Ntsube noted the SA democratic dispensation has translated into continued subjugation of blacks as the country’s minerals in the form of gold and silver remain in the hands of those who still owned them during apartheid.
“It makes sense for our economy to be in state hands so as to drive the social agenda unlike in private hands where the emphasis is on profit than anything else,” he quipped.
“This is the call we are making to young people, to defend the revolution because it is better to die than live in perpetual poverty with no sign of ending,” he pointed out.
He added the bias in the country is more glaring when law enforcement agencies focus on probing blacks who have managed to improve their lives and finances to higher levels, whereas the same institutions do not seem bothered to investigate the source of poverty for the millions of impoverished blacks and Africans.
“These are the dark days of our struggle. We cannot continue borrowing money from the International Monetary Fund and the World Bank at the expense of the poor. White people take our gold each day to Europe and the young people here are quiet. It cannot be business as usual,” he said.
Meanwhile, the ANC Youth League Task Team and the African Transformation Movement (ATM) have also weighed in on De Ruyter’s appointment as Eskom chief.
The ATM’s Sizwe Richard said the party had expected that a person with a solid background in engineering coupled with a traceable track record of turning the fortunes of establishments around would be given the nod.
“It is against this background that the ATM expresses its serious disappointment, but not shocked, at the decision to appoint Mr Andre De Ruyter as the new CEO of Eskom. He has no experience working for Eskom nor does he possess any qualification in engineering,” Richard said in a statement titled “The White Supremacist Appointment of Eskom CEO disappoints ATM”.
He claimed while at the head of Nampak De Ruyter had presided over an allegedly ‘atrocious destruction of shareholder value.’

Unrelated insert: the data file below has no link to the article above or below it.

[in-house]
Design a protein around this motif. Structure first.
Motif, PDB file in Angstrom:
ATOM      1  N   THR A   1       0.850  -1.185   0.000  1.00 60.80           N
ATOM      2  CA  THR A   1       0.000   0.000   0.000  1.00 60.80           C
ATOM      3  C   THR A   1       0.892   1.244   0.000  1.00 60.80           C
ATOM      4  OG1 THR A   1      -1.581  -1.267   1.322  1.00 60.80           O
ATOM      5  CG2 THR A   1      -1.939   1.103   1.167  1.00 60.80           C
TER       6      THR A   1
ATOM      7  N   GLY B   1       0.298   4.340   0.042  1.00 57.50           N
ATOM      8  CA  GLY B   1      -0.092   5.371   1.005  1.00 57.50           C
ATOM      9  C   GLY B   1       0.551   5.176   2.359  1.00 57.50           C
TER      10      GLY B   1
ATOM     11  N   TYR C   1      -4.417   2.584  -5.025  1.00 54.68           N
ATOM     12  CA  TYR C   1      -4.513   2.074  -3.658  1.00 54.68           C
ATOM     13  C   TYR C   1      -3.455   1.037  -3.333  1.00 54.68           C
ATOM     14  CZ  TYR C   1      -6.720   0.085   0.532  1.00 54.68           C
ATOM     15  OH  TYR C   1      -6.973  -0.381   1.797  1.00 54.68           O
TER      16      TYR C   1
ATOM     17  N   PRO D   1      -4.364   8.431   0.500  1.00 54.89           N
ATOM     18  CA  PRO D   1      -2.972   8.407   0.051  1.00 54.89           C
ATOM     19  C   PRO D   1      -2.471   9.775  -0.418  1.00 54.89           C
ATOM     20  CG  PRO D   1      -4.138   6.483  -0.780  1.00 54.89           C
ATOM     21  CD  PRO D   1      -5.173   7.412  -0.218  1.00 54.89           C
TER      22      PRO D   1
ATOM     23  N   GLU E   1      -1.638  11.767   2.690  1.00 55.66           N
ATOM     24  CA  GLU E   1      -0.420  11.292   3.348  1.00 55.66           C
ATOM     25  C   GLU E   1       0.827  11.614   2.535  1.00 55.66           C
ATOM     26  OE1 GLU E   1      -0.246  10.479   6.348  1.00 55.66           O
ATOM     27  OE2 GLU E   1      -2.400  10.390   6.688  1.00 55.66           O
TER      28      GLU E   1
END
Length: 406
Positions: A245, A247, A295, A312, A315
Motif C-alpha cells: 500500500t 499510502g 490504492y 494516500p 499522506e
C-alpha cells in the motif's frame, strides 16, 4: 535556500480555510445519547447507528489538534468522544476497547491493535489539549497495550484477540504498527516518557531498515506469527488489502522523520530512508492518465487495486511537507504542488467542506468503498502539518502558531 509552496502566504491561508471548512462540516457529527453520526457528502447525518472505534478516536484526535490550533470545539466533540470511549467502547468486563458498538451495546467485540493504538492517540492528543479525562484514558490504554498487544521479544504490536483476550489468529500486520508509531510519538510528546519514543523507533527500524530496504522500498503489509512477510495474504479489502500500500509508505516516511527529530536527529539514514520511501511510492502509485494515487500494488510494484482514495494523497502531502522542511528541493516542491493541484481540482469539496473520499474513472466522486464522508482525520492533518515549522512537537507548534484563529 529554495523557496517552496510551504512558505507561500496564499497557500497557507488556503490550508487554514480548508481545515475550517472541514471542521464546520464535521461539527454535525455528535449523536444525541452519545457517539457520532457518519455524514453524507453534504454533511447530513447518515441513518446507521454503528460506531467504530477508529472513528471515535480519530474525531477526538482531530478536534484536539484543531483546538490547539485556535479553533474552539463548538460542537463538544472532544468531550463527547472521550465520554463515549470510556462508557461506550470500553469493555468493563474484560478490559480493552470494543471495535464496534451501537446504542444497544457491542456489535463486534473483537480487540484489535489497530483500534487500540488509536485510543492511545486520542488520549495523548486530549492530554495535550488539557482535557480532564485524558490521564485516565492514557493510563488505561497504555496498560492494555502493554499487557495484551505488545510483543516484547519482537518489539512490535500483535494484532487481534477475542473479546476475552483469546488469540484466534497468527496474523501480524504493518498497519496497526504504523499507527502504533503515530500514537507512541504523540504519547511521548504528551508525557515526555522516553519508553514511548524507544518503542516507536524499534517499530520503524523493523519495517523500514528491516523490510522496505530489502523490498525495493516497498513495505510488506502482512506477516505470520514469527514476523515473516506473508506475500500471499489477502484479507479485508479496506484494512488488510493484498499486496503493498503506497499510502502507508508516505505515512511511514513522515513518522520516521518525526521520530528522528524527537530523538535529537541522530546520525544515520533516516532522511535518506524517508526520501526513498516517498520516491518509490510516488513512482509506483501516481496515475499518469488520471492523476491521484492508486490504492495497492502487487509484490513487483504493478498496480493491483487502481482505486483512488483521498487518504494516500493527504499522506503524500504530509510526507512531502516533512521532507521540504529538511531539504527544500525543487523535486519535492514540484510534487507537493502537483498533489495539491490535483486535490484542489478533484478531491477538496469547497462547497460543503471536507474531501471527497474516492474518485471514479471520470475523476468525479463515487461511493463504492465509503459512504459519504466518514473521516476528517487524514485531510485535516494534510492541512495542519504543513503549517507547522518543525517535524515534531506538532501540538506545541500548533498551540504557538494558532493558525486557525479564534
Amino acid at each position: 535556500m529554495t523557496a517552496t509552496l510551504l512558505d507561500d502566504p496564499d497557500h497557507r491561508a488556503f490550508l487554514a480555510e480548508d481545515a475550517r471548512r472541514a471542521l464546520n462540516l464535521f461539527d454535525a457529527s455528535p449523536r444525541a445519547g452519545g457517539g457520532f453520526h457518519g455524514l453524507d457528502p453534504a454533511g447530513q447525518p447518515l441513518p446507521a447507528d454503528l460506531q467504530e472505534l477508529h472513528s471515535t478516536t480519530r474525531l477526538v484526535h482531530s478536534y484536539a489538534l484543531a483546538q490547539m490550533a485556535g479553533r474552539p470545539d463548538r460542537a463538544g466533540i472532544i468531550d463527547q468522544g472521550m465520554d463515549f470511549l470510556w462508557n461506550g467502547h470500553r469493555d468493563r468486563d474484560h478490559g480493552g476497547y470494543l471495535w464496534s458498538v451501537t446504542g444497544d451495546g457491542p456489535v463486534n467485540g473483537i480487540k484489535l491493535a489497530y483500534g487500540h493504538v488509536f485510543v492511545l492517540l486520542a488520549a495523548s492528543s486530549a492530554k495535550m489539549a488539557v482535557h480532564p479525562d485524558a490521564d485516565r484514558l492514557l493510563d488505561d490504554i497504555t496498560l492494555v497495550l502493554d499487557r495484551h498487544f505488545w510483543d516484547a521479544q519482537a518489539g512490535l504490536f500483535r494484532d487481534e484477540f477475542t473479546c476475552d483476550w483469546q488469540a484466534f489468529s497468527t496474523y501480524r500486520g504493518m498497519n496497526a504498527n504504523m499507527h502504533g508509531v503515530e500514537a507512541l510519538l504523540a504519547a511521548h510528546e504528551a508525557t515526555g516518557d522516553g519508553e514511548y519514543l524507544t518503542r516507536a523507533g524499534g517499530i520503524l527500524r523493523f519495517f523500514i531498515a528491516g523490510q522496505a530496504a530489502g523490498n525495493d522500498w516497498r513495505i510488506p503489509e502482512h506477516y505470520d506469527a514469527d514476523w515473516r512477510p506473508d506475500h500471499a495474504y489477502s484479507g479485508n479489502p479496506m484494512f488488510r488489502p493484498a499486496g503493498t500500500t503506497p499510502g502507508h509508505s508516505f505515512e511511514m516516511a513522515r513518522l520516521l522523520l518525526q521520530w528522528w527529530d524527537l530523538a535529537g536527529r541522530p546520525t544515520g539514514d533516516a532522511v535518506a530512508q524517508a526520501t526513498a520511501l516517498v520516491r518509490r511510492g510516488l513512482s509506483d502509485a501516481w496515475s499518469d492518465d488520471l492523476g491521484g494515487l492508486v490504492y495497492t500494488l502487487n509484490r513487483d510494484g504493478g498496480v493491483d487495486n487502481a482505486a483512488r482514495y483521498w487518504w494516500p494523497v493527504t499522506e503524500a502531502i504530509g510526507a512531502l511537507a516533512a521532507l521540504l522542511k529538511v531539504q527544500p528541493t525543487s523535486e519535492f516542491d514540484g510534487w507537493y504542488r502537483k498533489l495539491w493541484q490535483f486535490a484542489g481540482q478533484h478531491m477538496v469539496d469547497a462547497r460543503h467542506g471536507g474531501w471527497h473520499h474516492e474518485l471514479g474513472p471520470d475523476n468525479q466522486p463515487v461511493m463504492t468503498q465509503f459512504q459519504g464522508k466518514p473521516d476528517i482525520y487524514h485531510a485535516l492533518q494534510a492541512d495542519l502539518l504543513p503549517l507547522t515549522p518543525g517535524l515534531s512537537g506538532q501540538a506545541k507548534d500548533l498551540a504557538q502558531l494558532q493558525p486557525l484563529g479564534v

He also accused De Ruyter of having seen to the sharp decline of Nampak market value from an impressive R29 billion when he first came in five years ago in 2014 to a disappointing R5 billion as of last week.
“This kind of appointment lends credence to the national cry that in our state-owned companies, under the leadership of Minister Pravin Gordhan, unqualified and incompetent white people are preferred over Africans with requisite experience and qualifications,” charged Richard.
The ANC Youth League Task Team also slated the appointment as confirmation of deep rooted white supremacy in the country’s boardrooms.
Convenor of the Task Team, Thandi Mahambehlala said the youth structure is ‘alarmed’ at the blatant disregard for skills and experience in the process of appointing the Eskom CEO.
Mahambehlala noted De Ruyter has a long history of eroding shareholder value in major corporations, adding his appointment can only be explained in the ‘darker corners of cronyism’, which seem to be perpetuated by the minister of public enterprises.
“A black candidate with De Ruyter’s track record would never have been allowed anywhere near the shortlist let alone been appointed as CEO of this important but ailing entity,” she alleged.
She also cited the resignation of the joint CEO’s at Sasol, Bongani Nqwababa and Stephen Cornell respectively, following the disaster of a project at Lake Charles, which she alleged was engineered by Ruyter.
“A damning independent review reveals why Sasol’s US project has run so far over time and over budget. The cost of the Lake Charles Chemicals Project (LCCP) has almost doubled to about R12.9 billion since inception and the project has been hit by multiple technical problems, all of which De Ruyter ensured never made it to his executives after which he jumped ship to collapse Nampak, leaving Nqwababa and Cornell to shoulder his mess,” added Mahambehlala.